A dictionary of place names in the vicinity of the city of Edo that appear in literature. The vicinity of Edo is defined here as including areas that are now part of residential Tokyo and/or within about two days walk from the center of the city. In gojuon order, gives reading, description of the place and quotations from Edo works. Quotations often comprise the majority of the entry. Only titles are cited, without reference to modern editions or collections in which the works may be found.

Tsuchida Mitsufumi 槌田満文. Tôkyô bungaku chimei jiten 東京文学地名辞典. Tôkyôdô shuppan, 1978.
Call no.: REF PL721.T6 T78 1978

A gojûon listing of Tokyo place names that appear in literature, including prominent institutions like temples, theaters and major shops. Historical sketches with literary quotations, lots of good Meiji and Taisho period maps. Useful as a cultural guide to the city's modern history.

Ikeda Suenori 池田末則. Chimei denshôron: Yamato kodai chimei jiten 地名伝承論-大和古代地名辞典. Tokyo: Meicho Shuppan, 1990. \3,107.
Call no.: DS894.69 .N362 I33 1990


Caution is necessary in consulting these books. The larger and more reliable general place name dictionaries should be checked first. Since place name etymology is often undocumentable and speculative, the etymological dictionaries are better treated as interesting compendia of lore.

Nihon chimei gogen jiten 日本地名語源辞典. Shinjinbutsu ôraisha, 1981.
Call no.: REF DS 805 .Y593

A modest but reliable etymological dictionary of place names. It attempts to incorporate current scholarship in linguistics, geography and folklore studies. Cites Yanagida Kunio's Chimei no kenkyû. Relatively cautious about dubious etymologies. The present work is described as an interim report, until scholarship on the subject can be synthesized in a more comprehensive way. Does not include Ainu place names.

Chimei gogen jiten 地名語源辞典. Azekura shobô, 1968.
Call no.: DS 805 .Y84

The scholarship in this work is outdated, but it does contain a useful list of ateji for Ainu place names, as well as a bibliography.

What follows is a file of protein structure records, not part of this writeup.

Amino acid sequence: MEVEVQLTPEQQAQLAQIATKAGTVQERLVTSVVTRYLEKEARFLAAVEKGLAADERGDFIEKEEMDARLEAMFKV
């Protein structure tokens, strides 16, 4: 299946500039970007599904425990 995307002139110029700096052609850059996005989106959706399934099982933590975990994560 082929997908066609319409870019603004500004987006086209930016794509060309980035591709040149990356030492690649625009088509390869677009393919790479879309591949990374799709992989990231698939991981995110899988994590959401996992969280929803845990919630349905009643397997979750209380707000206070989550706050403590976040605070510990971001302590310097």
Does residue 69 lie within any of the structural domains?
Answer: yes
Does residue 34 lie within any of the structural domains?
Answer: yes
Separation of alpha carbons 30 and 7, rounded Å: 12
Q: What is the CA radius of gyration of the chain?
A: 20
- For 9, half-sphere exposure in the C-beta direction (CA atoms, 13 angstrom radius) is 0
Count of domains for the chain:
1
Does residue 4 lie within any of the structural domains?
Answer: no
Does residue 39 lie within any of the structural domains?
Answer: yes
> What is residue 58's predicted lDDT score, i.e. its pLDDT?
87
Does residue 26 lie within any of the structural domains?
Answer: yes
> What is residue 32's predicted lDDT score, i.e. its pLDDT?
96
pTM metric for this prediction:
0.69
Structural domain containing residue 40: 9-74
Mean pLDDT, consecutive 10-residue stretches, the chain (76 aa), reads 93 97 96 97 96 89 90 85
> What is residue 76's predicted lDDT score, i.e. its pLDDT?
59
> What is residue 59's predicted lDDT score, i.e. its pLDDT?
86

Zoku chimei gogen jiten 続地名語源辞典. Azekura shobô, 1979.
Call no.: DS 805 .Y337

Useful for legend and lore of place names, but full of far- fetched etymologies. About one third is devoted to non-Japanese geography.


There are now countless guidebooks of Japan available, both in English and Japanese, and the array is constantly changing. Out of this huge diversity, we recommend the following for their value as sources of reference.

Japan National Tourist Organization, comp. Japan: New Official Guide Book.  (Multiple postwar editions through the 1960s.)
Butler Reference: R952.J27 (1964 edition).
East Asian OFFSITE: DS805 .J27 (1942, 1952, 1966 eds).

This dense and compact volume is now out of print, having been replaced by more light-weight versions, but it is still very valuable as an English-language reference for Japanese places. It can be particularly useful if you want to know the English translations for various local sights and customs. It is remarkably complete, and is not cluttered with information about places to stay and eat, purely data about places. No pictures either. There are, incidentally, many prewar guidebooks, produced both by the national tourist agency and by private guidebook publishers like Terry's. These can be easily tracked down, and are very valuable for giving a sense of the prewar period, and what tourists were encouraged to see, especially in the colonies.

Shin Nihon gaido. JTB, 21 vols. Updated and reprinted annually.
Call no.: Not in East Asian Library.

These guidebooks, published by the Japan Travel Bureau, are generally the most thorough, and may be useful sources of information on historic sites and famous places for the scholarly armchair traveler.

UPDATE: This fine series as of mid-1995 now appears to be out of print, replaced by a variety of much more thin and trendy guides that cover only popular sites.

FURTHER UPDATE, 2005:  The trend to the trendy in guidebooks continues unabated, but one encouraging exception has emerged in a new series from JTB called "Hitori Aruki." Fourteen volumes appeared from 1999-2003, and all are still in print, covering much of Japan.  They do not offer coverage that is quite as comprehensive as the old Shin Nihon gaido, but they come close.  They are no-frills, serious guidebooks: no color photos, no places to eat or stay, just solid descriptions of the site.  They also have a Guide Michelin-like system of rating the sites with 1-3 stars. You can easily check titles and prices at Amazon.co.jp; just search for " ひとり歩きシリーズ".    (HS) 

Gateway to Japan. 2nd ed. Kodansha International, 1992.
Call no.:  Not in East Asian, but a copy is in Barnard reference: REF DS805.2 K56 1990

This is simply the best guidebook in English. It is thoroughly researched and beautifully written, and the introductory sections are a good way of forestalling some questions if friends or family come to visit. The coverage of stores and restaurants is excellent, especially for Kyoto. Nice maps, too.

UPDATE 2005: The current edition is 1998, a bit out of date, but still in print, for $33 new on Amazon.